All That Glitter

Debunking the Myth of Israeli Startup Entrepreneurs’ Lavish Lifestyles

Not all wine and women. Well, there are plenty of big houses, cars and ski trips. But it turns out that Israeli entrepreneurs often invest their winnings wisely.

Nimrod Glickman

In 2007, a company called Jimalaya entered the spotlight on news that it was being sold to a major American firm for $217 million. Jimalaya’s founders, four young entrepreneurs, became celebrities thanks to their lavish lifestyle after they sold their company.

They bought a mansion in upscale Tel Aviv suburb Savyon with 14 bedrooms, six bathrooms, two hot tubs and a swimming pool replete with goldfish. The home was complemented by flashy Ferraris, a successful soccer team that the former Jimalaya owners bought, and days of partying, video games and women.

The foursome attracted a following and got lots of Israelis thinking about how maybe they too could sell a company for sums that would make them for life.

The thing is, Jimalaya never existed. The four entrepreneurs were characters in the Channel 2 television series “Mesudarim,” roughly translated as “Financially Made.” The series got Israelis thinking that everybody who sells a high-tech company lives in luxury, even though reality is often a lot less glittery.

Less glittery, but still comfortable. The new funds may pay off a mortgage or buy a new car (and maybe a yacht), but most people who sell off a high-tech outfit end up continuing to work there, at least for a spell. In many cases, they also found new firms and pump their exit money into them.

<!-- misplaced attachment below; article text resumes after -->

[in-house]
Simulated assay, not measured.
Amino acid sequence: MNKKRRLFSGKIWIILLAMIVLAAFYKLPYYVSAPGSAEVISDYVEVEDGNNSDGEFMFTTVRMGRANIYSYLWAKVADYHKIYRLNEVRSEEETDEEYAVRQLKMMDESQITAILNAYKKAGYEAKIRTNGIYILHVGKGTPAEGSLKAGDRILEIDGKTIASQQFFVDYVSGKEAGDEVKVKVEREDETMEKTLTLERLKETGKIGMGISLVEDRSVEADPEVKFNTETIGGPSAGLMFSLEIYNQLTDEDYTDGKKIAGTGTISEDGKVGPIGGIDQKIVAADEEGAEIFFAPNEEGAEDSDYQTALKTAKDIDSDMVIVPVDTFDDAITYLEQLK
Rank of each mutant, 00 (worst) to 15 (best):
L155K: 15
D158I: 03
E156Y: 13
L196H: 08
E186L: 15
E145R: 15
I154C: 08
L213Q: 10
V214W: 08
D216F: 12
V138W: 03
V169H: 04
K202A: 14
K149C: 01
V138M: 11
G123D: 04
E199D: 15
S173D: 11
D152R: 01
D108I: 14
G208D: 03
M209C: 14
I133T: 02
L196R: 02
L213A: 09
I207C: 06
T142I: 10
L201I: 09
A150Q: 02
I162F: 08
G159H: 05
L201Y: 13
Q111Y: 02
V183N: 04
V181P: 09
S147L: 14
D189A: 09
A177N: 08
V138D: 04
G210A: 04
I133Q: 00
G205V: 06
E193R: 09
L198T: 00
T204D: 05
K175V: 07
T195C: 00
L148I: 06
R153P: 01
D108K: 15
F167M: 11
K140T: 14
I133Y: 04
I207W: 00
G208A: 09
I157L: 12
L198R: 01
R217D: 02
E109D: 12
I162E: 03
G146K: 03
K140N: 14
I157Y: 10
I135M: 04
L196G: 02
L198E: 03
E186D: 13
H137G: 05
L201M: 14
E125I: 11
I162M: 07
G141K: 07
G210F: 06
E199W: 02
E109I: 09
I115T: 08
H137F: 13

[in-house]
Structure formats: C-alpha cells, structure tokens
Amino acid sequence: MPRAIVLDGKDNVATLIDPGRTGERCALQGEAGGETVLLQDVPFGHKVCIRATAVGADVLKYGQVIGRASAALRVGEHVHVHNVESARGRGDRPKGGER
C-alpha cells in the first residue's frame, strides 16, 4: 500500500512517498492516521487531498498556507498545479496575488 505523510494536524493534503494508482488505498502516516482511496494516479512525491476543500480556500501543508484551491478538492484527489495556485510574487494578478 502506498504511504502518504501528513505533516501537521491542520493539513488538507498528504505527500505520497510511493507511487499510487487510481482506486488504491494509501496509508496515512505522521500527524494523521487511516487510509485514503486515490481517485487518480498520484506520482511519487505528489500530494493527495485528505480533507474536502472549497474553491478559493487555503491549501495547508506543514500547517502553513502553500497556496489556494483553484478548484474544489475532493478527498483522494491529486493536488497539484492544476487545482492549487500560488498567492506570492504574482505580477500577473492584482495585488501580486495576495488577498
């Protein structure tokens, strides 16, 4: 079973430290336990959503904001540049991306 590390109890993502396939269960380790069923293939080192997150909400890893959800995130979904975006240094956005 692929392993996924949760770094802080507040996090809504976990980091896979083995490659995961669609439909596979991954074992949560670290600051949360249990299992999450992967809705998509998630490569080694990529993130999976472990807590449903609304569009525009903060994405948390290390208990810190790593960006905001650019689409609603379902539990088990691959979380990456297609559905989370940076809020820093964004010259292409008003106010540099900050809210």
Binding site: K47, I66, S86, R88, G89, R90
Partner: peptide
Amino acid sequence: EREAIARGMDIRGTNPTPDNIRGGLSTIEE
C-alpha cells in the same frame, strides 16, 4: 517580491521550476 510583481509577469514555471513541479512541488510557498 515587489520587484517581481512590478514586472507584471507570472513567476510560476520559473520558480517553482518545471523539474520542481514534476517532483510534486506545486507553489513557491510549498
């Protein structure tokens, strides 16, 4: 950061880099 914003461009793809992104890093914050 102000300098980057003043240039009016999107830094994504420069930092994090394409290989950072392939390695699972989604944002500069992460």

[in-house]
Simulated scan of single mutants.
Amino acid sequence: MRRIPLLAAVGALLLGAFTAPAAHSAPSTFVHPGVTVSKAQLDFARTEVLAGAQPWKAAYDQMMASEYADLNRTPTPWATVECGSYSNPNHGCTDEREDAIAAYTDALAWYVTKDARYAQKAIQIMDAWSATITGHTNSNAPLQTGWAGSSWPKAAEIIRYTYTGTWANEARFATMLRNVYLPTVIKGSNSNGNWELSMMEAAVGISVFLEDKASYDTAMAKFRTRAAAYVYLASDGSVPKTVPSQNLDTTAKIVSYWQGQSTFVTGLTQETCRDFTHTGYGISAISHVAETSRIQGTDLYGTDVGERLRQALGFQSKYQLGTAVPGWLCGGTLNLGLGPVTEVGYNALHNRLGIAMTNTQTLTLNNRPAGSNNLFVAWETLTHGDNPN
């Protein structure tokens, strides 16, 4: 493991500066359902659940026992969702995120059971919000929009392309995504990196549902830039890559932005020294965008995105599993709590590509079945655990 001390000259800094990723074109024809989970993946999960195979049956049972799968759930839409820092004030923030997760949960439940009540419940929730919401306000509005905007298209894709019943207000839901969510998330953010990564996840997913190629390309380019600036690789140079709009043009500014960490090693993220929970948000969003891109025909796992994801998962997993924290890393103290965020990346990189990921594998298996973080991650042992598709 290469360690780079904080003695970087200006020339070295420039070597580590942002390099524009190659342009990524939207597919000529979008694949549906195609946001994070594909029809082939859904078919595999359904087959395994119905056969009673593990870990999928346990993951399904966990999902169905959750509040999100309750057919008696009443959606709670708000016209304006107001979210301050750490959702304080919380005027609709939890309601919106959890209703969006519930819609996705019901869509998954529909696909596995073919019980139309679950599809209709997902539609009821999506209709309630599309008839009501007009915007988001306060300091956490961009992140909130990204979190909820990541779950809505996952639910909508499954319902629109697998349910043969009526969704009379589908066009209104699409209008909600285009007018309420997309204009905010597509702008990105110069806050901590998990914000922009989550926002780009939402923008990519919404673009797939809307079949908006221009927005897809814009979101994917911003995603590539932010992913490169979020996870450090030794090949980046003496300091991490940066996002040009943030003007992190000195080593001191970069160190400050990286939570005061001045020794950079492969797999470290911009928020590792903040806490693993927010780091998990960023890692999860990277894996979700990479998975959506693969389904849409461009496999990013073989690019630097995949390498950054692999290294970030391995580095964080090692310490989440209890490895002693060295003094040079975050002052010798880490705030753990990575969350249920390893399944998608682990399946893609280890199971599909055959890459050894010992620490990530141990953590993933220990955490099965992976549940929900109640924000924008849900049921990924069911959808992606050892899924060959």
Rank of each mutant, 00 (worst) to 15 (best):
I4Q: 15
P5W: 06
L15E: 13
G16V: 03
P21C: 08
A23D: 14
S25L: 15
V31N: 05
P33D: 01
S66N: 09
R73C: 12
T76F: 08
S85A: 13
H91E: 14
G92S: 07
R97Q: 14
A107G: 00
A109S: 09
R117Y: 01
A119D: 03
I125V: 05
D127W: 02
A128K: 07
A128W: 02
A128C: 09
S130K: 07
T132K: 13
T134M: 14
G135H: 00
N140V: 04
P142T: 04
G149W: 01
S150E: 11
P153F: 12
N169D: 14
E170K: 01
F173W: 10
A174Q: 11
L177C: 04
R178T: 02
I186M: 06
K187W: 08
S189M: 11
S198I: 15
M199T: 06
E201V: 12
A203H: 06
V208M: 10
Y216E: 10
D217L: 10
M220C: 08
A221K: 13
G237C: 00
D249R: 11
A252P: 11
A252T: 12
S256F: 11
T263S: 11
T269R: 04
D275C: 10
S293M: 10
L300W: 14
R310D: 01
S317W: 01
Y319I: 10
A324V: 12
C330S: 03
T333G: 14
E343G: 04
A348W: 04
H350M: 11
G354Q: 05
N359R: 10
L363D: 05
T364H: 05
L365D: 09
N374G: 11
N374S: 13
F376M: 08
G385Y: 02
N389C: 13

So this reporter set out to see what the Israeli entrepreneur does after raking in $20 million in a successful exit.

Most Israeli high-techies who have made a bundle are less than open about their fortunes or how they’re managing them. At networking events or over dinner with a select group of people, it’s unusual to hear high-tech millionaires chattering about the money and luxury goods they’ve amassed.

“I still drive the same Peugeot 307 from nine years ago,” said one entrepreneur who made a killing about two years ago.

Over the past year, companies with names no less famous than Jimalaya have created a new cadre of wealthy Israelis. The firms include Waze, Trusteer, IntuCell and Viber, which although not formally based in Israel, is headed by an Israeli and has R&D facilities here. Although these were privately held companies whose ownership structure wasn’t a matter of public record, it’s clear some of the exits made some people tens of millions of dollars richer.

Alternating skiiing and Israel

Let’s look at a session in December sponsored by high-tech networking group Startup Stadium, which took stock of 2013. Partners from three high-profile exits broke with the norm and talked about life after they sold their stakes. Their comments seem to provide a good sampling of what one does when coming upon so much gelt. 

For Uri Levine, a founder of Waze, the traffic navigation app that was sold to Google last year for $1 billion, it means devoting himself to “a week skiing, a week in Israel,” as he put it. In fact, when TheMarker tried to reach Levine for this article, he was out of the country skiing.

But that’s not his only pastime. Even before the Waze acquisition, Levine had begun giving back to the startup community by mentoring other companies.

Tamir Berliner, a founder of PrimeSense, a 3-D sensor technology company that was sold to Apple for about $350 million, talked about how he had already founded another startup. When asked why he went back to square one, he mentioned the same reason he started off the first time. “You see how the world works and say that it doesn’t have to be that way,” he said.